MANILA, Philippines – Globalization and ASEAN integration are opening up larger markets for Philippine agricultural products.
The question is, do our products have what it takes to take on the world?
A visit to the trade exhibit at Madrid Fusion Manila 2015 gives a glimpse of the huge potential of home-grown products. Featured at the exhibit are award-winning chocolates and liquor, sustainably-harvested fish, certified-organic vegetables, and much more.
Even more interesting than the products are the stories of their founders – entrepreneurs who believe in the marketability of “Made in the Philippines” and who have found innovative ways of working with Filipino farmers from all corners of the country.
They’ve worked hard to give Philippine products a good name – through tasteful packaging, quality processing, and unique flavors.
Here are some products to be curious about:
1. Artisanal chocolates
You don’t need to import chocolates to get the good stuff. Two premium chocolate brands are right here in the Philippines.
Malagos Chocolate from Davao uses single-origin Trinitario cacao beans, one of the finest cocoa beans in the world. They are all grown and processed in Davao farms. The Malagos 100% Pure Unsweetened Chocolate recently won a Bronze Medal in the Best Unflavored Drinking Chocolate category in the 2015 Academy of Chocolate competition in London.
Ralfe Gourmet Chocolate hails from Cebu. It is best known for its tablea or sikwate made from 100% cacao beans. The gorgeous packaging hints at the quality of the other products – quick-melting chocolate discs, chocolate nibs, truffles, and cookies.
2. Sustainably-harvested fish
At a time when 7 out of 10 fishing grounds in the country are over-exploited, it’s hard for the eco-conscious to enjoy seafood without the guilt.
Fisherfarms says you won’t have that problem with their fish products. Its milkfish (bangus) are harvested using giant fish cages instead of through deep-sea fishing which tends to deplete wild fish stocks, said export manager Katrina Bulaong.
Its fish is also gluten-free, cassein-free, and MSG-free. Bulaong adds that their fish sausages are made using only sea salt and vegetable-based casing.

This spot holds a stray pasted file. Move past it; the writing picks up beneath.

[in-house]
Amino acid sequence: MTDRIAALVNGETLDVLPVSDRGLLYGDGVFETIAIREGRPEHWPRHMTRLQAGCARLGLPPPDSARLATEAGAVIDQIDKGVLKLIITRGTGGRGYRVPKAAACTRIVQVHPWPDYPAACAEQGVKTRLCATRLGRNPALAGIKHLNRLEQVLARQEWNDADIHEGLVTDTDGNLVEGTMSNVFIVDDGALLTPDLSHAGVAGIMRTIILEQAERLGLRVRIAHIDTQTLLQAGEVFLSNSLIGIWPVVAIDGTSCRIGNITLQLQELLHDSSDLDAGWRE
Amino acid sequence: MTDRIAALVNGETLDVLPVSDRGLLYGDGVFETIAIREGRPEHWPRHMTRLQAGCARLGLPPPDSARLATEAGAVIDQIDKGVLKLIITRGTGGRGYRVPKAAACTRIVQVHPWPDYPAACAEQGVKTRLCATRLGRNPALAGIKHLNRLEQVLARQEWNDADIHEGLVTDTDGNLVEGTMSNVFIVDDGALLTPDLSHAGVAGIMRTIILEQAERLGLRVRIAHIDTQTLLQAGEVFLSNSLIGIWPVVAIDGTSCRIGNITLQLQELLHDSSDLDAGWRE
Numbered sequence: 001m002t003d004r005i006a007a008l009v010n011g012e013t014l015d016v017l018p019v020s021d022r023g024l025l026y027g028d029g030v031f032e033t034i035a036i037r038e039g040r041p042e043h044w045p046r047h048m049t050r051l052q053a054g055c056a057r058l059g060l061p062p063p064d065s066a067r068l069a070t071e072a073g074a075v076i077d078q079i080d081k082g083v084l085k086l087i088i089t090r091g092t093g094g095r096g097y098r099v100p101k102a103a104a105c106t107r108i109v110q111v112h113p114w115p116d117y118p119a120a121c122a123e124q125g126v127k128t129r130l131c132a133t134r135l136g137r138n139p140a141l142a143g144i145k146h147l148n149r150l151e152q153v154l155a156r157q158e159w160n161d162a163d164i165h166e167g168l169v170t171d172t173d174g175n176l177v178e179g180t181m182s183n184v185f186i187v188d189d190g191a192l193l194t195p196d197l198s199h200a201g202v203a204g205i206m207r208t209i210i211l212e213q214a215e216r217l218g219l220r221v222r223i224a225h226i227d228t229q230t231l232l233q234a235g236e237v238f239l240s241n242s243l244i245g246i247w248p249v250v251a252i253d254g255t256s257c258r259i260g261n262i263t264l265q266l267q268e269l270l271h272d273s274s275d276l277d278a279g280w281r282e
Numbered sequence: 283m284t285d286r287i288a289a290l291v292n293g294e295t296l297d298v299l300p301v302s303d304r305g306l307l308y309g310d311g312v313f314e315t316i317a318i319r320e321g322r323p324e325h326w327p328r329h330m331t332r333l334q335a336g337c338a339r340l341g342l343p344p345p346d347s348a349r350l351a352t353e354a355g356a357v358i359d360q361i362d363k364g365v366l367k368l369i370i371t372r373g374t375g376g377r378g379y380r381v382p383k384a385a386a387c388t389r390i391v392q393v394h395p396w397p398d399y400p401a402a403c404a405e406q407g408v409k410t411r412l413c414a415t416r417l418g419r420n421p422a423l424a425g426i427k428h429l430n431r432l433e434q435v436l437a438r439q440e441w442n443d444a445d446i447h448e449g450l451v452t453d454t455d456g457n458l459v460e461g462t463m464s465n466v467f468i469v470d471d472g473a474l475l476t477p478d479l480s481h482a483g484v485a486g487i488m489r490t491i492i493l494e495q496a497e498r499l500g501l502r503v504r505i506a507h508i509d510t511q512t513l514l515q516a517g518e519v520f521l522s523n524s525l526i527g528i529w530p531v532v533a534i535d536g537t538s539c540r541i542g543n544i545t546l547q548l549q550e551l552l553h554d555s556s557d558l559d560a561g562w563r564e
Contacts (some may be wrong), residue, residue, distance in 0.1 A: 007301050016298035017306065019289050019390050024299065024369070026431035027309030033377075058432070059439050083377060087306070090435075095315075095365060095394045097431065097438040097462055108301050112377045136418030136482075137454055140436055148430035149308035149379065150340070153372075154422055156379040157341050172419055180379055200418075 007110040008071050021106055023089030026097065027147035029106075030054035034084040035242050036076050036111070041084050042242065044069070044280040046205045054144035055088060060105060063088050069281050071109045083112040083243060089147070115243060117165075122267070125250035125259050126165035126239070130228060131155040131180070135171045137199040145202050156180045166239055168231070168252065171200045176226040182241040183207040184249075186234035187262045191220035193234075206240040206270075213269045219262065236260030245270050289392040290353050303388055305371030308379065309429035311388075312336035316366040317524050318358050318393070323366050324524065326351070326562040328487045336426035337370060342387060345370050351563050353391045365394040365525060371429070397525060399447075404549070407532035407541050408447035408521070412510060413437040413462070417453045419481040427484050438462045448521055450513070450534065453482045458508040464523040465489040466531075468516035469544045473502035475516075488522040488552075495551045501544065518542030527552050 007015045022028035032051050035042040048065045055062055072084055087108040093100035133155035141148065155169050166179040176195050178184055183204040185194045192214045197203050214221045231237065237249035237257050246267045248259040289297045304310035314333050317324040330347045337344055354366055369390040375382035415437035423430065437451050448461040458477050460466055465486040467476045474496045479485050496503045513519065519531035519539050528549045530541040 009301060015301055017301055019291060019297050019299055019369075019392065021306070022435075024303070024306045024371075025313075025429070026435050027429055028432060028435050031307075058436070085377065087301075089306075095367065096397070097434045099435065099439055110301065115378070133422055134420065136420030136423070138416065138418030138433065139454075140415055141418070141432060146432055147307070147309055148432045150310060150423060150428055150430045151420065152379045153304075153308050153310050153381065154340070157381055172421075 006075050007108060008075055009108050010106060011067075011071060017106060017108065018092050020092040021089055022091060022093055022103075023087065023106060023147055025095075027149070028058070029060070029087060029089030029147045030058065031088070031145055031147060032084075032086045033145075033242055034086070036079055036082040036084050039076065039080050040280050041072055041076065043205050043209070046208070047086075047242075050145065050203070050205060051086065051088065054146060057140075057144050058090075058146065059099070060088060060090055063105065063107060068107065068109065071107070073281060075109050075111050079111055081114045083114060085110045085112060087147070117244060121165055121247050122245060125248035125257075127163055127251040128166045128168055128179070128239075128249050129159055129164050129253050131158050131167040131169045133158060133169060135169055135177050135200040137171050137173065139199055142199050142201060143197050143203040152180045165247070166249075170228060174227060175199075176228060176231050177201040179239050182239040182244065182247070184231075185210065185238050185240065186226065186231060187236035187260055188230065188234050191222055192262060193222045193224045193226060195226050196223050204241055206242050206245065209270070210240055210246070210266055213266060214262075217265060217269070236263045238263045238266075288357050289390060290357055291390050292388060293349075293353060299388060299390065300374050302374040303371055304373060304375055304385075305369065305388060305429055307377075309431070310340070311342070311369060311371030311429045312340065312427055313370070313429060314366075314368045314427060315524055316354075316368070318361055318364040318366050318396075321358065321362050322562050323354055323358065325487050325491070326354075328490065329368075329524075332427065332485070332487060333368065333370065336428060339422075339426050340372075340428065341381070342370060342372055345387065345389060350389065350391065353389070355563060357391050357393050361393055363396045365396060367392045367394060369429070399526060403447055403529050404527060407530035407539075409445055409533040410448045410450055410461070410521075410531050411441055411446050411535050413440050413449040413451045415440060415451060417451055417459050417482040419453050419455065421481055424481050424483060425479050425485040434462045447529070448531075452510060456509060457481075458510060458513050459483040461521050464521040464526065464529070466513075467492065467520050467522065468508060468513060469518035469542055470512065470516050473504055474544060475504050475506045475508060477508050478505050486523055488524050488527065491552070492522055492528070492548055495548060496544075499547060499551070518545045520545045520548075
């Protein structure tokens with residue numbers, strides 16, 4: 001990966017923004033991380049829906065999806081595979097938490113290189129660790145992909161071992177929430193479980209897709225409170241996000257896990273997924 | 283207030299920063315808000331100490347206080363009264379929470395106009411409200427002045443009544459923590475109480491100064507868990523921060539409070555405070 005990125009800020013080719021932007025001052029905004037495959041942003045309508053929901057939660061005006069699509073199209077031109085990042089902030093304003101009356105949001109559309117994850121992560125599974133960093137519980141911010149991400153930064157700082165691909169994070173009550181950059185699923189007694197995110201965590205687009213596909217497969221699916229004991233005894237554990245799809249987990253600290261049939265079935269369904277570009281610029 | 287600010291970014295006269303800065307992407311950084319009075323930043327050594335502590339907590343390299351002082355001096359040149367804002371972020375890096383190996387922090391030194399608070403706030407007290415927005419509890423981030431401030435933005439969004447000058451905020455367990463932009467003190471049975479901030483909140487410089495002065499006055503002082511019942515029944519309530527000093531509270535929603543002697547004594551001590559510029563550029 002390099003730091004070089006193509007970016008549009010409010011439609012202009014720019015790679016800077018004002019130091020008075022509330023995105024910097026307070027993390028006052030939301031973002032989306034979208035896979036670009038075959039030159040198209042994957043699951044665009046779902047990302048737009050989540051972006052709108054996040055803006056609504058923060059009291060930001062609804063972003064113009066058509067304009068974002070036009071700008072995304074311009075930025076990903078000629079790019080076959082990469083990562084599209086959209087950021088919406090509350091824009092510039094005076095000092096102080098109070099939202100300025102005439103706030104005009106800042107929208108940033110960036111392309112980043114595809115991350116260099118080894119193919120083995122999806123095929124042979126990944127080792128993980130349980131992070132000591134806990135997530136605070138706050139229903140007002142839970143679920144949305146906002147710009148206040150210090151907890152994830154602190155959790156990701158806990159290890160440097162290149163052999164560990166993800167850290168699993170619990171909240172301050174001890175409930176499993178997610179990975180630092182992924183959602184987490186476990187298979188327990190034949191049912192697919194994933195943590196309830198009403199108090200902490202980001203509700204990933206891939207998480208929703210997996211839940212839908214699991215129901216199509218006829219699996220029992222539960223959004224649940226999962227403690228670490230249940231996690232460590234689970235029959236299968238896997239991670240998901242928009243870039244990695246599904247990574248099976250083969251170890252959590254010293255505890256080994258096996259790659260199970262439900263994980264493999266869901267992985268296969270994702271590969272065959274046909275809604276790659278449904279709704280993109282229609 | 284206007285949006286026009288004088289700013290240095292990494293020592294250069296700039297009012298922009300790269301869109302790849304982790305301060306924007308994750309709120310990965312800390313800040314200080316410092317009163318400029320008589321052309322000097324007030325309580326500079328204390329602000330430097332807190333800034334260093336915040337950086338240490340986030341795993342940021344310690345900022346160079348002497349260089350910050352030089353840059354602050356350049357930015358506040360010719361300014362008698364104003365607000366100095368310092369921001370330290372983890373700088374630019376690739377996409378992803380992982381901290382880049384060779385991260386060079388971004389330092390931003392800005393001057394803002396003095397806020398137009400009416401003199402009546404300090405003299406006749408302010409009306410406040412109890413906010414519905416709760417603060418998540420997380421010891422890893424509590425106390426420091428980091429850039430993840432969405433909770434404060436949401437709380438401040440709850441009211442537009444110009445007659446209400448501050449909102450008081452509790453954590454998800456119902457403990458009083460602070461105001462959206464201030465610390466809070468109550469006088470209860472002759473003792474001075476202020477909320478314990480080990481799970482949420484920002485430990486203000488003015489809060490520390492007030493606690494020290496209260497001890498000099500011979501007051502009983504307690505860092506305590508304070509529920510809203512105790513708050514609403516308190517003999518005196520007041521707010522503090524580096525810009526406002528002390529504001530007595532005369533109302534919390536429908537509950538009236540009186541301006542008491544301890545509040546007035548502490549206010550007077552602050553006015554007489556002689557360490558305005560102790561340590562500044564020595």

The company also makes its own “extruded” fish feed or feeds that float in the water making them easier to account for and less likely to sink and pollute ocean waters.
3. Craft beer
If Negros Island – sugarcane capital of the country – were to have its own distinct beer, guess what its base would be?
Negrense brand Bogsbrew makes ales and lagers from muscovado sugar. Bogsbrew NPA (Negros Pale Ale) is made of sugar, malt, cereals and grains.
4. Coffee from iconic mountains
Hineleban coffee works with 7 indigenous tribes in Bukidnon, Mindanao, to bring 100% highland premium arabica beans to waiting coffee cups.
Its “Sip and Reforest” campaign promises to plant one tree for every 500-gram coffee bag purchased. Each bag even has a code printed on it so you can find online a photo of your tree and its location on Googlemaps.
Its rainforestation sites are near the areas where their coffee trees are planted – in Mindanao mountain ranges like Kalatungan and Kitanglad.
Mount Apo Cocotos Estate, a coffee brand less than a year old, uses coffee beans from the southeastern slopes of Mount Apo, the country’s highest peak.
Negros Island Rainforest Organic Coffee, meanwhile, hails from trees planted in communities near Mount Kanlaon, the island’s legendary active volcano. Its coffee is certified organic by Nicert, the island’s organic certification services.
5. ‘Biodynamic’ veggies, herbs
Malunggay, gabi, kamatis, and other goodies from the earth are farmed, collected, and packaged by Holy Carabao Holistic Farms, a network of family farms from all over the Philippines.
The network ensures that the products it delivers to your doorstep are from biodynamic agriculture, an approach to farming that treats the farm as an ecosystem or integrated whole. Aside from avoiding the use of chemicals, it advocates crop rotation, composting, seed-saving, and multi-cropping which co-founder Melanie Teng-Go says is more sustainable.
The company does this by carefully screening the smallholder farmers it partners with. The farms of these farmers are checked for sanitation, efficiency, and eco-friendliness.
6. Unique liquor flavors
The oldest distillery in the country, Destileria Limtuaco & Co, brings new twists to Philippine liquor. You might already be familiar with its gorgeously-packaged Manille Liqueur de Calamansi. It now also has Manille Liqueur de Dalandan.
Another must-try – Intramuros Liqueur de Coco – tastes just like a tablea chocolate drink with a punch.
7. Unique ice cream flavors
If you’re tired of the usual chocolate, vanilla, and strawberry ice cream flavors, you might be intrigued by the flavors of 1st Colonial ice cream.
Made by a Bicol-based restaurant, its showcase flavor is Sili (chili) ice cream which comes in 3 different levels according to spiciness. Those who want something milder (but no less interesting) can try their Tinutong na Bigas (scorched rice), Pili, Gabi (taro), and Cacao ice cream flavors. – Rappler.com
Madrid Fusion Manila is being held at the SMX Convention Center, Pasay City, from April 24 to 26, 2015.